; Unix user/group of processes
; Note: The user is mandatory. If the group is not set, the default user's group
; will be used.
; RPM: apache user chosen to provide access to the same directories as httpd
user = nginx
; RPM: Keep a group allowed to write in log dir.
group = nginx

Also, find the lines listen.owner=www-data and listen.group=www-data in the file and change them to nginx.listen.owner = nginx
listen.group = nginx

Save the file by pressing Ctrl + X and entering Y when prompted.

Restart the PHP-fpm process.$ sudo systemctl restart php7.4-fpm

To test your PHP setup, create a file test.php in the html folder.$ sudo nano /var/www/example.com/html/test.php

Add the following content to it and save the file by pressing Ctrl + X and entering Y when prompted.<?php phpinfo();

Launch http://<yourserverip>/test.php in your web browser and you should see the following.

Install phpMyAdmin

We will be installing phpMyAdmin manually for our tutorial.

First, we need to install some additional PHP packages for phpMyAdmin to work.$ sudo apt install php-mbstring php-zip php-gd php-json php-curl php-bz2 php-xml

Switch to /usr/share directory to download and install phpMyAdmin to.$ cd /usr/share

Download phpMyAdmin files. (Check the latest version from its site) We will only install the English language version.$ sudo wget https://files.phpmyadmin.net/phpMyAdmin/5.0.2/phpMyAdmin-5.0.2-english.tar.gz
$ tar xvzf phpMyAdmin-5.0.2-english.tar.gz
$ sudo mv phpMyAdmin-5.0.2-english /usr/share/phpmyadmin
$ sudo rm phpMyAdmin*.tar.gz

Give proper permissions to the phpMyAdmin folder.$ sudo chown -R nginx:nginx phpmyadmin
$ sudo chmod -R 744 phpmyadmin

Configure phpMyAdmin

Create the configuration file from the sample file provided with the package.$ sudo cp /usr/share/phpmyadmin/config.sample.inc.php /usr/share/phpmyadmin/config.inc.php

We need to add a secret value in the configuration file for cookie and security purposes. Use the following commands to generate and add the code.$ randomBlowfishSecret=$(openssl rand -base64 32)
$ sed -i "s|cfg['blowfish_secret'] = ''|cfg['blowfish_secret'] = '$randomBlowfishSecret'|" /usr/share/phpmyadmin/config.inc.php

For Nginx webserver to find and serve phpMyAdmin files correctly, we will need to create a symbolic link from its actual location to Nginx’s root document directory.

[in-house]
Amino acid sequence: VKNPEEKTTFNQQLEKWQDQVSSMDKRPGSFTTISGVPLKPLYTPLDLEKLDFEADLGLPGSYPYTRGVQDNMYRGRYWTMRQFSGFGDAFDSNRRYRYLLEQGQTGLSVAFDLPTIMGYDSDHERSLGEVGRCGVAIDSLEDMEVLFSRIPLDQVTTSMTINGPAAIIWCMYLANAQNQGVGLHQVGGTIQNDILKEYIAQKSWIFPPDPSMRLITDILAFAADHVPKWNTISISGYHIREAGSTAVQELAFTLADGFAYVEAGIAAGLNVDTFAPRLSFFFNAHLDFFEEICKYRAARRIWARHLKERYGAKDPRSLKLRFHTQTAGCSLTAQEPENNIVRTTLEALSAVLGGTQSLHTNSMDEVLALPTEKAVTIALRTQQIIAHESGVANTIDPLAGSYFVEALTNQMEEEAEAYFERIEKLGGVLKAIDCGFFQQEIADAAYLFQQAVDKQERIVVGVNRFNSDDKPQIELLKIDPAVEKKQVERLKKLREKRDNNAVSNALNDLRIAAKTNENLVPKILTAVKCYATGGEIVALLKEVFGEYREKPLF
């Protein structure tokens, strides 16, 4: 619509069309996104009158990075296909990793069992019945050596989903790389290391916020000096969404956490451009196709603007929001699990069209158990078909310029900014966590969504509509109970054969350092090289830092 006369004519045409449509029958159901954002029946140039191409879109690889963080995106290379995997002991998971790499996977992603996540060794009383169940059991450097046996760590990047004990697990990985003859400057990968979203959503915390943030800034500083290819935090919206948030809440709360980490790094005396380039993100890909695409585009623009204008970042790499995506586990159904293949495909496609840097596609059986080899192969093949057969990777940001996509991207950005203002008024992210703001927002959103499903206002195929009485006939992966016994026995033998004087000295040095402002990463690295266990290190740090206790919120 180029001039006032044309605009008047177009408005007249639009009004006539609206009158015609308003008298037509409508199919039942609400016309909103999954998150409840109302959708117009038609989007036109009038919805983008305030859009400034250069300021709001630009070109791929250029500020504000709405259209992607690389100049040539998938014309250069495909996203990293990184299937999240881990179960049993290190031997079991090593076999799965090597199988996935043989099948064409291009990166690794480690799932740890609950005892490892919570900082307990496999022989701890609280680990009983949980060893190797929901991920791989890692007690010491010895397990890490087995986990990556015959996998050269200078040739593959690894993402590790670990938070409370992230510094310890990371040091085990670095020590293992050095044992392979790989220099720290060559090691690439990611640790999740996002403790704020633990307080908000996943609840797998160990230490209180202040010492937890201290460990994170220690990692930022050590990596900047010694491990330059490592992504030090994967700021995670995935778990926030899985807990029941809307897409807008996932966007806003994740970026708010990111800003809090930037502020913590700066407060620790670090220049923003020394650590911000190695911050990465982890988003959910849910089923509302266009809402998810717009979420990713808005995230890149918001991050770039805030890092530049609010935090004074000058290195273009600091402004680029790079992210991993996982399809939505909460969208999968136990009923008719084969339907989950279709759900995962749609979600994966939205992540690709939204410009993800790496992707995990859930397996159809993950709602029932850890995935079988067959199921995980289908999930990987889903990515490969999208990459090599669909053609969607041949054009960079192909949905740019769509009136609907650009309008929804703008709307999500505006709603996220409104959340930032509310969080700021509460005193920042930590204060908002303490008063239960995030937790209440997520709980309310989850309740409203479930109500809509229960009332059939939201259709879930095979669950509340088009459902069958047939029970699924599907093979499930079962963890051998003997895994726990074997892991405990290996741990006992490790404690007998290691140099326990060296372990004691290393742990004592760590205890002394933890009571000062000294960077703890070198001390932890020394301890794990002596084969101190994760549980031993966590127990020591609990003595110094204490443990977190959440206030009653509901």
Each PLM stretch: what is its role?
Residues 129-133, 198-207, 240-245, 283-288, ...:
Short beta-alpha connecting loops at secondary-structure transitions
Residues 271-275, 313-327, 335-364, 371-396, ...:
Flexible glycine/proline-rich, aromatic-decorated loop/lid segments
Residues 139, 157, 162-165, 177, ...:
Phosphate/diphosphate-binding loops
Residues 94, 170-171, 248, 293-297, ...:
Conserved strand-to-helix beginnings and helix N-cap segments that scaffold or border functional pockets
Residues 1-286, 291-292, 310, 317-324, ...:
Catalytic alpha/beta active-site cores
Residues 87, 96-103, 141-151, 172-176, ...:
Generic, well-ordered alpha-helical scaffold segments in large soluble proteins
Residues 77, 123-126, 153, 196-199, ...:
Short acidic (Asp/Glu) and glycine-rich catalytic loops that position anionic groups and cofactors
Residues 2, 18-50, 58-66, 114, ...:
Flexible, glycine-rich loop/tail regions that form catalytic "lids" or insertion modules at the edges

To do this, run the following command.$ sudo ln -s /usr/share/phpmyadmin /var/www/example.com/html/phpmyadmin

Your phpMyAdmin installation is operational. To access it, just open http://example.com/phpmyadmin.

By default, this default location should be changed as it is the most common location any hacker can locate your phpMyAdmin install. To do this, run the following command.$ sudo mv /var/www/example.com/html/phpmyadmin /var/www/example.com/html/sm123

Basically, we moved our phpMyAdmin location to sm123 folder. To access it, you will now need to open http://example.com/sm123 in your browser.

Since we are using unix_authentication with MySQL here, there is no root user to log into via phpMyAdmin. You will have to create a MySQL user first and give it privileges to databases to be able to use phpMyAdmin.

To do that, log in to MySQL shell.$ sudo mysql

Now, paste the following commands to create a new user and grant it all the database privileges.CREATE USER 'user'@'localhost' IDENTIFIED BY 'password';
GRANT ALL PRIVILEGES ON *.* TO 'user'@'localhost';

You can now log in using this user at http://example.com/phpmyadmin.

Configure Opcache

If you have been following this tutorial, Opcache should already be installed with PHP. In case it isn’t, you can simply install Opcache using the following command.$ sudo apt install php7.4-opcache

Verify that it has been installed.$ php -v
PHP 7.4.5 (cli) (built: Apr 28 2020 14:49:23) ( NTS )
Copyright (c) The PHP Group
Zend Engine v3.4.0, Copyright (c) Zend Technologies
with Zend OPcache v7.4.5, Copyright (c), by Zend Technologies

To change Opcache settings, open the file /etc/php/7.4/fpm/conf.d/10-opcache.ini.$ sudo nano /etc/php/7.4/fpm/conf.d/10-opcache.ini

Paste the following code at the end of the file. The following settings should get you started with using Opcache and are generally recommended as good performance.opcache.enable_cli=1

Save the file by pressing Ctrl + X and entering Y when prompted.

Restart your server to apply the settings.$ sudo systemctl restart php7.4-fpm

Install SSL via Let’s Encrypt

SSL has become an essential part of any website. Here we will be installing SSL using Let’s Encrypt service.

For that first, install Certbot tool.$ sudo apt install certbot python3-certbot-nginx

Generate the certificates.$ sudo certbot --nginx -d example.com

If this is your first time running certbot on your system, you will be asked for an email address and to agree to the terms of service. You will also be asked whether you agree to share data with EFF foundation which you can say no to. After doing so, certbot will communicate with Let’s Encrypt servers and run a challenge to verify your domains.

If that is successful, you will be asked how to handle HTTPS redirects.Please choose whether HTTPS access is required or optional.
1: Easy - Allow both HTTP and HTTPS access to these sites
2: Secure - Make all requests redirect to secure HTTPS access
Select the appropriate number [1-2] then [enter] (press 'c' to cancel):

Select your choice and press enter. Your certificates will then be created and your Nginx configuration files are updated with SSL settings.

Your certificates are ready and you can open your site now by going to https://example.com

Verify SSL Auto-Renewal

This is the last step before we end this tutorial.

Check the renewal process by doing a dry run of the renewal process.$ sudo certbot renew --dry-run

If you get no errors, it means you are set. Certbot will automatically renew your certificates for you. You will be sent an email warning about you the expiration of the certificate.


That’s all to this tutorial. Your LEMP Setup is complete and you can start making and hosting your websites and applications.